Eclipse 2017

IMG_4024This is the first eclipse I’ve seen since 1980. I’d just arrived in Delhi, and the family I was staying with refused to let me go out of the house. “You’ll get sick,” they said.

Today’s eclipse was a party. People started gathering in Tom McCall Waterfront Park quite early; as Alan and I walked over the Hawthorne Bridge into downtown, we could see clusters of people settled down with bright blankets, paper coffee cups and white pastry bags in hand.

We headed out of the office about 9:30, and parked ourselves at the railing above the river. It was a bright, bright morning; sharp light glancing off wavelets made it hard to look directly at the river.

Looking through eclipse glasses confined the world to a dark screen and a bright sun, with the curve of the dark moon inching across it. Remove the glasses, and again see the world: river, the geese, the gulls, the people all around us: families, couples, office workers, chatting, laughing, exclaiming.


There was lots of tweeting going on, of course.

Here’s one from my friend Rachel Kelly.

Screen Shot 2017-08-21 at 9.53.44 pm

I liked seeing how the spaces between tree leaves became little pinhole cameras.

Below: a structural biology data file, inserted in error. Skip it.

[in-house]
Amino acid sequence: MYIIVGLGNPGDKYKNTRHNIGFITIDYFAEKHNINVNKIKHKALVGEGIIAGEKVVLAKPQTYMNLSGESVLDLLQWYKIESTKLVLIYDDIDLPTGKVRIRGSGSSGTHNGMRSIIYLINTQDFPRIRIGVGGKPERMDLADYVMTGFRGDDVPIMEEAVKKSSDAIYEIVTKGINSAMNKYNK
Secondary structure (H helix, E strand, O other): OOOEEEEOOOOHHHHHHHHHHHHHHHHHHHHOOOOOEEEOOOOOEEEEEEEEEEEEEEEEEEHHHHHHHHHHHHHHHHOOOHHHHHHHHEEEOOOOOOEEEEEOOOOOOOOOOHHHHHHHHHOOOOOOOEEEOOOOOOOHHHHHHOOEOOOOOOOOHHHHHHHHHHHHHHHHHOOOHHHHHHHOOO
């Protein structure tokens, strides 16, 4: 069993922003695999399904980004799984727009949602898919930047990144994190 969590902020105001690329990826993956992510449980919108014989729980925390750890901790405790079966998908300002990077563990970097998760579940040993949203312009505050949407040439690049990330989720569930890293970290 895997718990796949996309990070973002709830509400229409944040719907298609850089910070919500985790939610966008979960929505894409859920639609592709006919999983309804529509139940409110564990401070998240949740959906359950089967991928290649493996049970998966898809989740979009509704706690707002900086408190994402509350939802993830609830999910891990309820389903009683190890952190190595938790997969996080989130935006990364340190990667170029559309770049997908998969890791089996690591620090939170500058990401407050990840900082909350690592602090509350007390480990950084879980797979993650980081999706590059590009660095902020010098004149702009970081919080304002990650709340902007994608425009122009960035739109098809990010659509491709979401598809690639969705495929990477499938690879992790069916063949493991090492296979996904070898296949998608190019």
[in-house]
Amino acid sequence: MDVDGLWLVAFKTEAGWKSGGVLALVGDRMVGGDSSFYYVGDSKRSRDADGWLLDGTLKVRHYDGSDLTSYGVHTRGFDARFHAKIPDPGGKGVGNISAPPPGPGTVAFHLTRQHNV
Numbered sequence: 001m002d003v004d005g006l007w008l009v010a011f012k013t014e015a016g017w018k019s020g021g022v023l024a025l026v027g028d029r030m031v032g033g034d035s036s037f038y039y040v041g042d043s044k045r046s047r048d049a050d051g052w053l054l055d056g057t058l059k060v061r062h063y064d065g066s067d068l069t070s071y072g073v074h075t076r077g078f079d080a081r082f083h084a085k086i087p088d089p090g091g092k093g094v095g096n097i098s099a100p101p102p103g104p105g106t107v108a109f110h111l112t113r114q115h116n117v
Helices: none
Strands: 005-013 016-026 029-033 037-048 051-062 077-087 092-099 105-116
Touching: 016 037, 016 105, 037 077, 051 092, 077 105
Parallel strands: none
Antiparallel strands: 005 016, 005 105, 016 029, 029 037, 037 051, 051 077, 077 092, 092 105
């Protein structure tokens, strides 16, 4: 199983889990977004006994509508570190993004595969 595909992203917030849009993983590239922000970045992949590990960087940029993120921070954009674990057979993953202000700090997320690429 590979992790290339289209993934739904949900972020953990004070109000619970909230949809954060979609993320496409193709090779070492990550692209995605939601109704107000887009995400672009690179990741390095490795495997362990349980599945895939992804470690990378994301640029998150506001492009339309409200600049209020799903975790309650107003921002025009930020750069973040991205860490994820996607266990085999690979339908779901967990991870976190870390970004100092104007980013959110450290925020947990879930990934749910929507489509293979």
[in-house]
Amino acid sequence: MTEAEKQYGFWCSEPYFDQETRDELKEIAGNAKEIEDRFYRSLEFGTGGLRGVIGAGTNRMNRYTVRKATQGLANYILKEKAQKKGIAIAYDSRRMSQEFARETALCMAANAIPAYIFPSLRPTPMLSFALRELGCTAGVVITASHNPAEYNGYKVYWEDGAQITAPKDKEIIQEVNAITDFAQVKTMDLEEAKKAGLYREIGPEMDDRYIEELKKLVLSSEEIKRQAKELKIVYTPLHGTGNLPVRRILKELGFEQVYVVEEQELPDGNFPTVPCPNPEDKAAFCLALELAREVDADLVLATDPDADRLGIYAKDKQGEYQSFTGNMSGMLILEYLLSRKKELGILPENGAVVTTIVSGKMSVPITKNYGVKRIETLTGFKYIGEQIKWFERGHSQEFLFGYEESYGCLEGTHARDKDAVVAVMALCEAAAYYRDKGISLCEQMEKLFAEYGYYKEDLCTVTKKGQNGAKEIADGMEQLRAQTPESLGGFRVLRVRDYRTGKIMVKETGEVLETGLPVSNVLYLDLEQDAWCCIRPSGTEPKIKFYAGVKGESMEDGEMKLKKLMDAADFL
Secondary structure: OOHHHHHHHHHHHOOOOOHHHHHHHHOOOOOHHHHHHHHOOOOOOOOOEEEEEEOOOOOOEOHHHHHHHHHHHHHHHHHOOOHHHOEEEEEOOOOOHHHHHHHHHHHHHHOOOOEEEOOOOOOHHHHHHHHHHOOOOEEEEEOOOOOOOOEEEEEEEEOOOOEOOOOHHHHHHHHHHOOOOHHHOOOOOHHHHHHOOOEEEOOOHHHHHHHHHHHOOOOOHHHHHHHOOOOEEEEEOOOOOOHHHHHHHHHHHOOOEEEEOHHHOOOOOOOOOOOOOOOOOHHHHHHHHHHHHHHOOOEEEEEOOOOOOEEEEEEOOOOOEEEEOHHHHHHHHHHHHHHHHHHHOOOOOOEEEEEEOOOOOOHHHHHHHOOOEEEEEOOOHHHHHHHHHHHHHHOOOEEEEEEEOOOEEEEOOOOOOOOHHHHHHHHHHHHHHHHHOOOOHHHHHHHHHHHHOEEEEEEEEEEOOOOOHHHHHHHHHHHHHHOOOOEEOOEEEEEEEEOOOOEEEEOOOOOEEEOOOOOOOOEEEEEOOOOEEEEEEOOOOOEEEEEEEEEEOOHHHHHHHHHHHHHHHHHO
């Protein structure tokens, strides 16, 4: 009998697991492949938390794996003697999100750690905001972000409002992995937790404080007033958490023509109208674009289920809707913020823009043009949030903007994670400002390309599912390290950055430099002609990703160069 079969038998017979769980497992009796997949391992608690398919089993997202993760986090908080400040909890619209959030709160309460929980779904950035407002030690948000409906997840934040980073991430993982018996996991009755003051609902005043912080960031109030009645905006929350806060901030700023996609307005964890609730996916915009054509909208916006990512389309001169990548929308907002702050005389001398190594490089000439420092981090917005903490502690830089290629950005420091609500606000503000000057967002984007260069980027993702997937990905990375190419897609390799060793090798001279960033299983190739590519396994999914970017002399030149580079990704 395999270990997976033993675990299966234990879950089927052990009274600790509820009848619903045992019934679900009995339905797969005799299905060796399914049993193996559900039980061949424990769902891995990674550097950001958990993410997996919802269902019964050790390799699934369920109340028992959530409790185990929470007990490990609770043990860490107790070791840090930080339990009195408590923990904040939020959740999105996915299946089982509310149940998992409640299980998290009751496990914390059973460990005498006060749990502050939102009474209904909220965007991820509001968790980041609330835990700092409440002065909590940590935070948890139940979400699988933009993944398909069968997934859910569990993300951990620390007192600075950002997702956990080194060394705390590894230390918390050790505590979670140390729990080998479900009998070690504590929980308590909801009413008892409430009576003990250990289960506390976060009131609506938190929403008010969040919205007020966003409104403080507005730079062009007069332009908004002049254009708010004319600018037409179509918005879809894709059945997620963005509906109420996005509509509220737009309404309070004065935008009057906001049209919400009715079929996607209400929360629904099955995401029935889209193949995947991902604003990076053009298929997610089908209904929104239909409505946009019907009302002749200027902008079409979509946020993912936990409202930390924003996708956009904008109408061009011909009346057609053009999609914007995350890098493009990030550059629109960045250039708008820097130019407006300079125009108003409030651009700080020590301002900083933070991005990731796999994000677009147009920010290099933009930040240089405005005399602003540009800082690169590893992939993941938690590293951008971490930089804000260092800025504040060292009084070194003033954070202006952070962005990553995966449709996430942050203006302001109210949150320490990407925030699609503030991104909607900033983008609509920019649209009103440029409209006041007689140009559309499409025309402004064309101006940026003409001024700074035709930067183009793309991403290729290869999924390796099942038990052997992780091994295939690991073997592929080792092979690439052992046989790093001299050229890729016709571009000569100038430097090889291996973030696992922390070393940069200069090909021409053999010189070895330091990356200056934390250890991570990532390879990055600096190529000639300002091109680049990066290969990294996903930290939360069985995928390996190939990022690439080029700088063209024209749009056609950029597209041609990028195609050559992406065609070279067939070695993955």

Screen Shot 2017-08-21 at 9.54.53 pm

And then there’s this lovely colander effect…a Star of David made of little eclipsing suns.

Screen Shot 2017-08-21 at 9.55.56 pm

I wonder when — and where — I’ll see my next eclipse.

3 thoughts on “Eclipse 2017

  1. Bill Moss August 31, 2017 / 4:34 am

    The images seen through apertures formed by leaves (or collanders) is called the shadow effect. It’s been recognized for centuries.


  2. RK September 26, 2017 / 5:17 am

    Oh my goodness I am so honored that you put my tweet up on the eclipse. Friends and I went down to Cove Creek Campground, east of Salem. I thought it would be… well, I didn’t think it would be what it was, which was truly incredible. I still haven’t seen any photos that capture the refraction of beautiful white light around the moon during the totality – they all look firey, rather than, I don’t know, holy, and transparent – the light appears opaque in all the photos I’ve seen. It was, as they’ve all said, a once in a lifetime experience.


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